Your Success Doesn’t Impress The Customer
Companies have a funny way of justifying that they are better than what their customers say they are.
If you think that’s off the mark, check out the online reviews of companies and see their responses back to the customers. Or any public statement when it comes to an incident such as a recall, injury, or other negative issue the company is involved in.
These answers vary but all have the same root political spin to them. At the core of their responses, the infamous line usually appears:
We pride ourselves in delivering the best experience to our customers.
And that is also coupled with another phrase touting the company’s (relative) success up until that point:
We have had thousands of satisfied customers…; We have succeeded in the indsutry by…:
And quite frankly, responses like these are lame, pathetic, and serve no good to that customer or any other customer.
All a customer simply wants is their needs and expectations met or exceeded.
Your success does nothing for the customer with a complaint.
I have seen many companies and individuals offer excuses for delivering on poor service. The following are some actual responses from these organizations and professionals:
- Away taking awards trips (and focusing on self rather than making sure customers are tended to)
- Busy in meetings all day (customer feels they are not the prioirty)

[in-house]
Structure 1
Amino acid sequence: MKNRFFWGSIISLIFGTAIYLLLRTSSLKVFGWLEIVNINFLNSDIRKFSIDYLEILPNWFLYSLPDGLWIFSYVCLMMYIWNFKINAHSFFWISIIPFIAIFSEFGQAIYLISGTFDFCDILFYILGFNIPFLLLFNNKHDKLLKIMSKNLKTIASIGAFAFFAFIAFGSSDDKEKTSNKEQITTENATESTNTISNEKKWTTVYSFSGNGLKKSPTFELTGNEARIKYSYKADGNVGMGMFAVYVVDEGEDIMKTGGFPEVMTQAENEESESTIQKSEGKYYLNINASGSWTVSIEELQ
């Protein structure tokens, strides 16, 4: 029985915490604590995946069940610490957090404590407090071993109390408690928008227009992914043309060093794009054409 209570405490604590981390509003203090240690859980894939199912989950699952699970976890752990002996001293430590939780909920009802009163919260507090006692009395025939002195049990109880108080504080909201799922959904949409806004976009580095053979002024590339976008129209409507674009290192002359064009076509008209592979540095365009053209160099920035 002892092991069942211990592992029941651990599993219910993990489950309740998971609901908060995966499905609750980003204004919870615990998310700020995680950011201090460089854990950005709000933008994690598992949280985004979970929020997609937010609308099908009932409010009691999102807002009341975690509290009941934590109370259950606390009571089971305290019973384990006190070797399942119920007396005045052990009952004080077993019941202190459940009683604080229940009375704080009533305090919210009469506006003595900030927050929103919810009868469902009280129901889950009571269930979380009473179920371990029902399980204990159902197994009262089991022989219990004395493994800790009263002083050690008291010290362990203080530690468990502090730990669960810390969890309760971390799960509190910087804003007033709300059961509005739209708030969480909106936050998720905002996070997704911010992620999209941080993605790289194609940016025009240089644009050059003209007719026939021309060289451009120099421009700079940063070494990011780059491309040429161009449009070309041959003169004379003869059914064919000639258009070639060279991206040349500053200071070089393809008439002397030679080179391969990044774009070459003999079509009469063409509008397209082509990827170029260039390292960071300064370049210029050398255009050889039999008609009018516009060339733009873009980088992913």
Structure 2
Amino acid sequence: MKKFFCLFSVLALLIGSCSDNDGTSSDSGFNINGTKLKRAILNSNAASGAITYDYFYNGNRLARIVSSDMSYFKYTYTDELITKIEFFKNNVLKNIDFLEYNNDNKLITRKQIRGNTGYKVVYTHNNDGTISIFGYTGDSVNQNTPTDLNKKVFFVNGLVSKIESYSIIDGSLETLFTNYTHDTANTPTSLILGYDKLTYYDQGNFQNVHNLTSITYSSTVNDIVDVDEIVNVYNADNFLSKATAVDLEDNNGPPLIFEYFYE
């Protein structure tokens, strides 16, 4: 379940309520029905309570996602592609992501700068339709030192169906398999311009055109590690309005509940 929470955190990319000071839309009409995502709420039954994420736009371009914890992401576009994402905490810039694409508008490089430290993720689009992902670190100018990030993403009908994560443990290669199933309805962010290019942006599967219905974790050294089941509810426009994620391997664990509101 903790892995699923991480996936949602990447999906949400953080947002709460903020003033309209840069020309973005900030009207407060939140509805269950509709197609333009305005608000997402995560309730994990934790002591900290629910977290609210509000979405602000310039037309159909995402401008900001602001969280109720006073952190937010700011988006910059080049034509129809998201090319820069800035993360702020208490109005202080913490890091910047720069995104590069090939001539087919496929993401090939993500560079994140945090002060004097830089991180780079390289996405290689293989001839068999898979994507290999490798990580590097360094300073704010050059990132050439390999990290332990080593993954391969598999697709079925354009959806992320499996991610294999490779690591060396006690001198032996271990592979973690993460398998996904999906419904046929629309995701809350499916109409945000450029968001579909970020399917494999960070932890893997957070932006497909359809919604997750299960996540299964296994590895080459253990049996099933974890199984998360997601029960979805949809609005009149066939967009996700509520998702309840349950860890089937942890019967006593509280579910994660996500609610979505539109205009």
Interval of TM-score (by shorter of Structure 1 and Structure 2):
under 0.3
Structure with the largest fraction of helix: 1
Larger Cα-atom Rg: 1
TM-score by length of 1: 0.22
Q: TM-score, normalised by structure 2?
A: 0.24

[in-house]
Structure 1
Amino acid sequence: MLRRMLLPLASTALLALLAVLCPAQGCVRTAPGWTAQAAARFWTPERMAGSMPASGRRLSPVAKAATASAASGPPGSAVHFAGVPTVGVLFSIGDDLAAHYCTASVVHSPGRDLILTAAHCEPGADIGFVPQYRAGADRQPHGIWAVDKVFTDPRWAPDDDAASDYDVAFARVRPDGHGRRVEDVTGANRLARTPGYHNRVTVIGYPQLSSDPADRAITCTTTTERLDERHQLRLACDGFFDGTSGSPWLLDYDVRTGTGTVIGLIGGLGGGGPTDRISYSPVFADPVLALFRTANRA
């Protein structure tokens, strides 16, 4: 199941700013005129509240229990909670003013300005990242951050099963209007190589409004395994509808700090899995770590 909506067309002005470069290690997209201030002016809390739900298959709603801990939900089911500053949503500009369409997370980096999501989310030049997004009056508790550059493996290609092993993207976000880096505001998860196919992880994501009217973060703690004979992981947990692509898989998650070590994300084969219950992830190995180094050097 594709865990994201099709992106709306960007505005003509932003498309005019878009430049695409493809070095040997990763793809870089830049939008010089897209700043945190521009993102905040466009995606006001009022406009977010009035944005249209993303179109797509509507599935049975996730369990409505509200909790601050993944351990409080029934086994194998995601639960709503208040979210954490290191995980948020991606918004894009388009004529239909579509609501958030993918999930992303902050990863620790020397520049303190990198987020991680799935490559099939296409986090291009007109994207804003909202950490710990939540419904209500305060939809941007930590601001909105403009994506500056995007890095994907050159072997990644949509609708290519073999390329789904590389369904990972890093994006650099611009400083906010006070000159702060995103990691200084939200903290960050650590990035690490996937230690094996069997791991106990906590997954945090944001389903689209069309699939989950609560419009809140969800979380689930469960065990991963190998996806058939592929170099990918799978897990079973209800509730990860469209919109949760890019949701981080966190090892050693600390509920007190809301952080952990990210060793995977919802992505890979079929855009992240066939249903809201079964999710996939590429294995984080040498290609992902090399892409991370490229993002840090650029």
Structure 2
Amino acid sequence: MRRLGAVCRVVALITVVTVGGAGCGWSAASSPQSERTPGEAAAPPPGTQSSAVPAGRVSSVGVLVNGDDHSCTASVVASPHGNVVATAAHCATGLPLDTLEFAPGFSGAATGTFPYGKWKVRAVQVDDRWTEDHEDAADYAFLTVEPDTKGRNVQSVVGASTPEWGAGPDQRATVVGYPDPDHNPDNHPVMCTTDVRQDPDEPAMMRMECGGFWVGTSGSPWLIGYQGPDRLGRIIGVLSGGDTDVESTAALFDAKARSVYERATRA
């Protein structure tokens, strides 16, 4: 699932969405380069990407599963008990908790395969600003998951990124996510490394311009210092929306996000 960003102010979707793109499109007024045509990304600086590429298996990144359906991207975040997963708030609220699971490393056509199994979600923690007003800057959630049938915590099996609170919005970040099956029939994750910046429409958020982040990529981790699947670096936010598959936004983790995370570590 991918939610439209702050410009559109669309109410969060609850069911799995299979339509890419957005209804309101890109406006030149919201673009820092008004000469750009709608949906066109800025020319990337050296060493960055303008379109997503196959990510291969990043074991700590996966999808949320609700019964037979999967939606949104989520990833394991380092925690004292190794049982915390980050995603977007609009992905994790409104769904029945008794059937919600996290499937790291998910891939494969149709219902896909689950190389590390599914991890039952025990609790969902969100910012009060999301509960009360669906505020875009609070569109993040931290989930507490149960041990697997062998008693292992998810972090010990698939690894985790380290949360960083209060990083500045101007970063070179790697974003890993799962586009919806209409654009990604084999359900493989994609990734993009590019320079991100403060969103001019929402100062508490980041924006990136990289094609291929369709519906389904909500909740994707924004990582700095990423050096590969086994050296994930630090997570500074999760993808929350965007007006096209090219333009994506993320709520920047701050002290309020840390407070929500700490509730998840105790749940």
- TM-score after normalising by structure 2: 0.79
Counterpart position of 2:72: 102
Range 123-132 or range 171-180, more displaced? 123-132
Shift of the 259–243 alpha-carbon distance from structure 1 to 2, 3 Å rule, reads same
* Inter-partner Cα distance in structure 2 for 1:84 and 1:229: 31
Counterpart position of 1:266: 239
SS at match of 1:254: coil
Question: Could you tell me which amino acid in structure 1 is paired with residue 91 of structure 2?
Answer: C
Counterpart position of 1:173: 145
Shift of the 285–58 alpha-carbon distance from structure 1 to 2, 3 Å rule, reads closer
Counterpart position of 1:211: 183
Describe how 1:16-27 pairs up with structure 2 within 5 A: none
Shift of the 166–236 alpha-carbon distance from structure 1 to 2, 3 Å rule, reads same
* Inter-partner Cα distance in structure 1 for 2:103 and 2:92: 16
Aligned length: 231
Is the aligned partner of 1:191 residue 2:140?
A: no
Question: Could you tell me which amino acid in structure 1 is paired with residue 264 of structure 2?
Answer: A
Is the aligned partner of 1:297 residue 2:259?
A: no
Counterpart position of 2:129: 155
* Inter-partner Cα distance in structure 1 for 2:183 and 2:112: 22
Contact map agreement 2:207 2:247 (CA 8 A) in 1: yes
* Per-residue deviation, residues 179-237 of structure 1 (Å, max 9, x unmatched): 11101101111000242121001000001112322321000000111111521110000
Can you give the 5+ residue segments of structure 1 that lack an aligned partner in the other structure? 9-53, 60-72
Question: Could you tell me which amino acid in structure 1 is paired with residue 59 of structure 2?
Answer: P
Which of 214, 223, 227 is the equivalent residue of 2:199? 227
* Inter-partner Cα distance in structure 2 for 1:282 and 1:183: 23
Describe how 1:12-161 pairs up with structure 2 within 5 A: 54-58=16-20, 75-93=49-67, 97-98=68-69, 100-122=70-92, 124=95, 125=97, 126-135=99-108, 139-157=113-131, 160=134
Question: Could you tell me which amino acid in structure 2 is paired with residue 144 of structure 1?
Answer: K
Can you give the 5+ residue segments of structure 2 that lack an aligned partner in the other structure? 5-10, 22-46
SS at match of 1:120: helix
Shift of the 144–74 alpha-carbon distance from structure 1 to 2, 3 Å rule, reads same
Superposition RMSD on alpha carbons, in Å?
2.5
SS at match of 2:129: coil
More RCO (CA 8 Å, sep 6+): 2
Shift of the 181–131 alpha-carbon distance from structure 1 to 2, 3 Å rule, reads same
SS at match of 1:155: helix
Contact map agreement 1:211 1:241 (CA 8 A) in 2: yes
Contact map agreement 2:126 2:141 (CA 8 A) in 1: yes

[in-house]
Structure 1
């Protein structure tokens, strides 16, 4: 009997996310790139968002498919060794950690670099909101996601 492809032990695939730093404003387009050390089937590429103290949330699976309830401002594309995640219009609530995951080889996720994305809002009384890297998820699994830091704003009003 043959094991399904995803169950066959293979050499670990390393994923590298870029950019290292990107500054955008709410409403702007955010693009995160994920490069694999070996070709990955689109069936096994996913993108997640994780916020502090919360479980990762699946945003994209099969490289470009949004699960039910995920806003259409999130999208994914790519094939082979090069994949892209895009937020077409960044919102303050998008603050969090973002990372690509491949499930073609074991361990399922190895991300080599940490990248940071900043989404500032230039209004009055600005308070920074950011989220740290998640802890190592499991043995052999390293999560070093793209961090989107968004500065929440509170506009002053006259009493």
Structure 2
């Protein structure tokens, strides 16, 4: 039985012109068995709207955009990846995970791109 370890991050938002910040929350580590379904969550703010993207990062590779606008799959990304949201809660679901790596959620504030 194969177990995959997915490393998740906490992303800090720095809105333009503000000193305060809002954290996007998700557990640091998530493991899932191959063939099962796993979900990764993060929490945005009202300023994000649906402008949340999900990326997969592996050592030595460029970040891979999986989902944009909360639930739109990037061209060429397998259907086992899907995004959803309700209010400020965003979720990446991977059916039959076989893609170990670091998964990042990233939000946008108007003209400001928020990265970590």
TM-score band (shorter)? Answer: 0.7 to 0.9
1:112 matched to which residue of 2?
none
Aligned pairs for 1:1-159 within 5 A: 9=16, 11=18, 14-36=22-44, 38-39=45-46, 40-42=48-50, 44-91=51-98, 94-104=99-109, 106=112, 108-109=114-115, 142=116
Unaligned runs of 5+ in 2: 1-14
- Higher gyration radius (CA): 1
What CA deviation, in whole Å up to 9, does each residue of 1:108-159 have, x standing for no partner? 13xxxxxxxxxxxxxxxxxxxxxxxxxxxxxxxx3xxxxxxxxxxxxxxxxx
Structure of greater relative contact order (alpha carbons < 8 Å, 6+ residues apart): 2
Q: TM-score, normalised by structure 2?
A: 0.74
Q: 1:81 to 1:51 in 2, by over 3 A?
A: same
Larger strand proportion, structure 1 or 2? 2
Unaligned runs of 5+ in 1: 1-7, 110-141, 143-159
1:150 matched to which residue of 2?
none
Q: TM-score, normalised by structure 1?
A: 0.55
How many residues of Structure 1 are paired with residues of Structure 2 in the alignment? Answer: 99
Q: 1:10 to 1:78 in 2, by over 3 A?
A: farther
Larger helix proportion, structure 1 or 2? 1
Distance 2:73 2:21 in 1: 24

- We’ve made xxx amount of money in the last year (that is not helping the cusotmer today)
- We just landed a major account (and ignoring the smaller accounts)
- We’re crazy busy around here (showing you’re disorganized and can’t control your business)
- We’ve never had a problem before (totally irrelevant to the situation)
If the customer cannot feel connected to you, then you are not a success in their eyes. They are the only ones that truly matter and failure to take action to meet their expectations or to take accountability for dropping the ball will have a negative impact on your business. Sustained excuses and touting your ability to deliver when it’s really not there will have far-reaching damage on your credibility as a leader and an organization.
It’s said in the restaurant industry, “You’re only as good as your last meal served.” A better phrase would be “You’re only as good as the customer you just served”. Nothing you’ve done in the past, even the prior minute, matters.
The only thing that matters to the customer is what you do for them while they’re standing in front of you.